Is there any evidence that we, as clinicians, can change the attitude of patients? There is a lot of work happening in this area, although large-scale randomized trials are lacking. A number of studies have shown that coaching and peer support may have some influence. One particular fad is “mindfulness” (coaching people to understand that they should not focus on negative or unproductive thoughts but more on positive outcomes instead). In the case of patients who may have been “wronged,” either through injury or illness, letting go of the victim mentality may be very important.(5) Patients can be helped to achieve this through counseling, meditation, group therapy, and other techniques. The idea that patients do worse when compensation or wrongdoing are involved, especially in cases involving a lawyer, is not new.(6) The evidence is now overwhelming, however, that focusing on this aspect of their injury harms people’s recovery.

So what has all this got to do with ED physicians? Should we be thinking more about recovery and how we might influence the final outcome? As ED physicians, we see our job as being focused on patching people up and sending them on to hospital or community care. Maybe we should be focused more on the recovery aspect. Clearly, we have a very short time with the patient, compared with many other clinicians, but, as with most aspects of medicine, if we put our patients on the right “conveyer belt” to recovery, then there is a chance they will do well. As a start, this may include the language we use with patients, encouraging them to not blame others, not to seek compensation, to maintain positive attitudes to recovery. Arranging post-discharge follow-up, telephone support, coaching and so on, through a hospital/community liaison might also help. In resource-limited countries, maybe we could use post-discharge messaging and other more innovative solutions to assist with positive thought in the recovery phase. For example, we are now undertaking trials in India for rehabilitation following leg injury using texting, in order to assist in recovery from injury.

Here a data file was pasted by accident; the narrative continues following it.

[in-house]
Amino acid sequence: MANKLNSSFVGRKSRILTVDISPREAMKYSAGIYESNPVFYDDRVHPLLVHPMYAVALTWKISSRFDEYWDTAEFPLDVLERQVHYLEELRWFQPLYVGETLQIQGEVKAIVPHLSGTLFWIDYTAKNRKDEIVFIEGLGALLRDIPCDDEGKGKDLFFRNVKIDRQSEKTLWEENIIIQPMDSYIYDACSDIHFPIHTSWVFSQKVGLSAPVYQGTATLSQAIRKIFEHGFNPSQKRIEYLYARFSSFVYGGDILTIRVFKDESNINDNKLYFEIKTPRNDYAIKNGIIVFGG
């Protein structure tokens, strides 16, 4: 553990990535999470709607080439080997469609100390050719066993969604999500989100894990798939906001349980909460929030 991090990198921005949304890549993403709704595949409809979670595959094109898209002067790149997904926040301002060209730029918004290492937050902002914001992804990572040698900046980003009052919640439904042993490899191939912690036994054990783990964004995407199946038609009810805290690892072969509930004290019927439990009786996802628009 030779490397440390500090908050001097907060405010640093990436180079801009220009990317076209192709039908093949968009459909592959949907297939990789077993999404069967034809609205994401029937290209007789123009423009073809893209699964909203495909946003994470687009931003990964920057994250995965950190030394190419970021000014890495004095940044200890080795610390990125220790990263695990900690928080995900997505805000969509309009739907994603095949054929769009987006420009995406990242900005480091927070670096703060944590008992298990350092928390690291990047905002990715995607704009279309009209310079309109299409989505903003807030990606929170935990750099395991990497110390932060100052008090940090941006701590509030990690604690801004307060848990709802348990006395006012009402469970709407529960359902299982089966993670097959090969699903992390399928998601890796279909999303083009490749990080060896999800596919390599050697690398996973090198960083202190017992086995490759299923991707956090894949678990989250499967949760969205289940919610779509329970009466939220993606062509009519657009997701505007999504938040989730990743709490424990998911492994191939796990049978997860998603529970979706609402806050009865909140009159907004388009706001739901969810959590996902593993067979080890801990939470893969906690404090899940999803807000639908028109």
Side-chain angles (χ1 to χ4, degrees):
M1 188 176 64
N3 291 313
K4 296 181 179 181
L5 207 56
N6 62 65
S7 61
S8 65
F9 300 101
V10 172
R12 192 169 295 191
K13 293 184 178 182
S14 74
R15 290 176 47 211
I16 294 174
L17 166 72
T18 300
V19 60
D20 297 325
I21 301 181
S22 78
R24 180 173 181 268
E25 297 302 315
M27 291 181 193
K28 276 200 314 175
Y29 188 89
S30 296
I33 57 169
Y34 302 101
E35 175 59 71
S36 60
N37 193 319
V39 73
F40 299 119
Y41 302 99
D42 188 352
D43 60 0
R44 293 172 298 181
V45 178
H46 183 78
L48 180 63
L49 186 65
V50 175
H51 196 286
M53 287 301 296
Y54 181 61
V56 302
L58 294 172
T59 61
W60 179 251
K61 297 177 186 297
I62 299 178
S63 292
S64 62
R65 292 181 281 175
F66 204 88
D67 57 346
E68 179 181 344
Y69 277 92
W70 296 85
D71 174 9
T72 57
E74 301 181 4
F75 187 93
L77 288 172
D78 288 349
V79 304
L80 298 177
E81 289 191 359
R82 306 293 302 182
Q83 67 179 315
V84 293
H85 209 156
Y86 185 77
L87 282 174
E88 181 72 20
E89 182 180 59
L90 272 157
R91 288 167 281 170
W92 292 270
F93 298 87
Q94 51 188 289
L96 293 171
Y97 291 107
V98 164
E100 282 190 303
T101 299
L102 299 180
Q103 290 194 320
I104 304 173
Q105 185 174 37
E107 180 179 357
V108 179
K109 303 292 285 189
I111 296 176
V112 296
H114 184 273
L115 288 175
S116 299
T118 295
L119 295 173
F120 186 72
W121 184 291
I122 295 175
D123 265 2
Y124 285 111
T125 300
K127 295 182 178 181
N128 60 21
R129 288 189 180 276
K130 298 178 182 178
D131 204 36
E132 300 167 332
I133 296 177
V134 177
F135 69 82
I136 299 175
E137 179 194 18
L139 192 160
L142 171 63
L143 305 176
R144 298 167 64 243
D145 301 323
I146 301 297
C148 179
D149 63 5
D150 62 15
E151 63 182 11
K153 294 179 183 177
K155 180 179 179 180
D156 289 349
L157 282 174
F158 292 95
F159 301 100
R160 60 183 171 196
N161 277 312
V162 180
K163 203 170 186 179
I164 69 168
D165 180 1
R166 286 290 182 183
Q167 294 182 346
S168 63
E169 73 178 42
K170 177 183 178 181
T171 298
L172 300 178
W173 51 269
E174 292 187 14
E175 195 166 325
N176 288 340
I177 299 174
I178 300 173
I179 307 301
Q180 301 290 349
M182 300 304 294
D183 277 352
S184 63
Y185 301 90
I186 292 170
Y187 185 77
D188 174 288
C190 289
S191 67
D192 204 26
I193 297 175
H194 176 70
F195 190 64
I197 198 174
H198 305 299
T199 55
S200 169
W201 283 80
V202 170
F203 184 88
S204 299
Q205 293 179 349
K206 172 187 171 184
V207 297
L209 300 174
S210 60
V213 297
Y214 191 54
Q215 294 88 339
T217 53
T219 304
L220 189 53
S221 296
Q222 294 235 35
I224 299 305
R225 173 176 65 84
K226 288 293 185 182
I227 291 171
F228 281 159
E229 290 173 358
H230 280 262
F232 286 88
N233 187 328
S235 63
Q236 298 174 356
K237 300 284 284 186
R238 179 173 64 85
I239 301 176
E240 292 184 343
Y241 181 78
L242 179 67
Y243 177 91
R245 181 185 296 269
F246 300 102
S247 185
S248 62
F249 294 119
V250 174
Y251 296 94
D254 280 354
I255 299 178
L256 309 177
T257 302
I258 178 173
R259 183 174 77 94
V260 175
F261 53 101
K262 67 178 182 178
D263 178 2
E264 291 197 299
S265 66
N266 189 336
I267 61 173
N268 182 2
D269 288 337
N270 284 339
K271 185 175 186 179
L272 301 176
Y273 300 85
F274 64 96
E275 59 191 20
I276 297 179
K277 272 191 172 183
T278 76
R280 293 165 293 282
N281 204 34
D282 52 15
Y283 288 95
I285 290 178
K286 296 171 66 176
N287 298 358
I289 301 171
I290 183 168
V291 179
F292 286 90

Where does the ED physician’s responsibility end? Surely, we are just the patch up docs—“see and street,” right? I would argue, though, that part of the patching up involves putting the patient on a pathway to optimal recovery, and setting expectations around attitude, peer support and appropriate coaching—if it is evidence-based—is part of our job. We seem happy to arrange for blood pressure tablets post discharge in a well patient with moderately elevated blood pressure for an NNT of 1/700 treatment years. But when it comes to things that really matter, like speed of recovery from a serious illness, our attitude usually seems to be: not included in my pay grade!

REFERENCES

  1. Gabbe B, Simpson P , Harrison J, et al. Return to Work and Functional Outcomes After Major Trauma. Who Recovers, When, and How Well? Ann Surg. 2016;263:623–632.

  2. Gabbe B, Cameron P, Williamson O, et al. The relationship between compensable status and long-term patient outcomes following orthopaedic trauma. Med J Aust. 2007;187:14-17.

  3. Harris I, Mulford J, Solomon M, et al. Association between compensation status and outcome after surgery, a meta-analysis. JAMA. 2005;293:1644-1652.

  4. Harris I, Murgatroyd D, Cameron I, et al. The effect of compensation on health care utilisation in a trauma cohort. Med J Aust. 2009;190:619–22.

  5. Gabbe B, Simpson P, Cameron P, et al. Association between perception of fault for the crash and function, return to work and health status 1 year after road traffic injury: a registry based cohort study. BMJ Open. March 2016.

  6. Murgatroyd D, Casey P, Cameron I, Harris I. The Effect of Financial Compensation on Health Outcomes following Musculoskeletal Injury: Systematic Review. PLoS One. 2015;10(2): e0117597.

Dr. Peter Cameron is the immediate past president of the International Federation for Emergency Medicine (IFEM).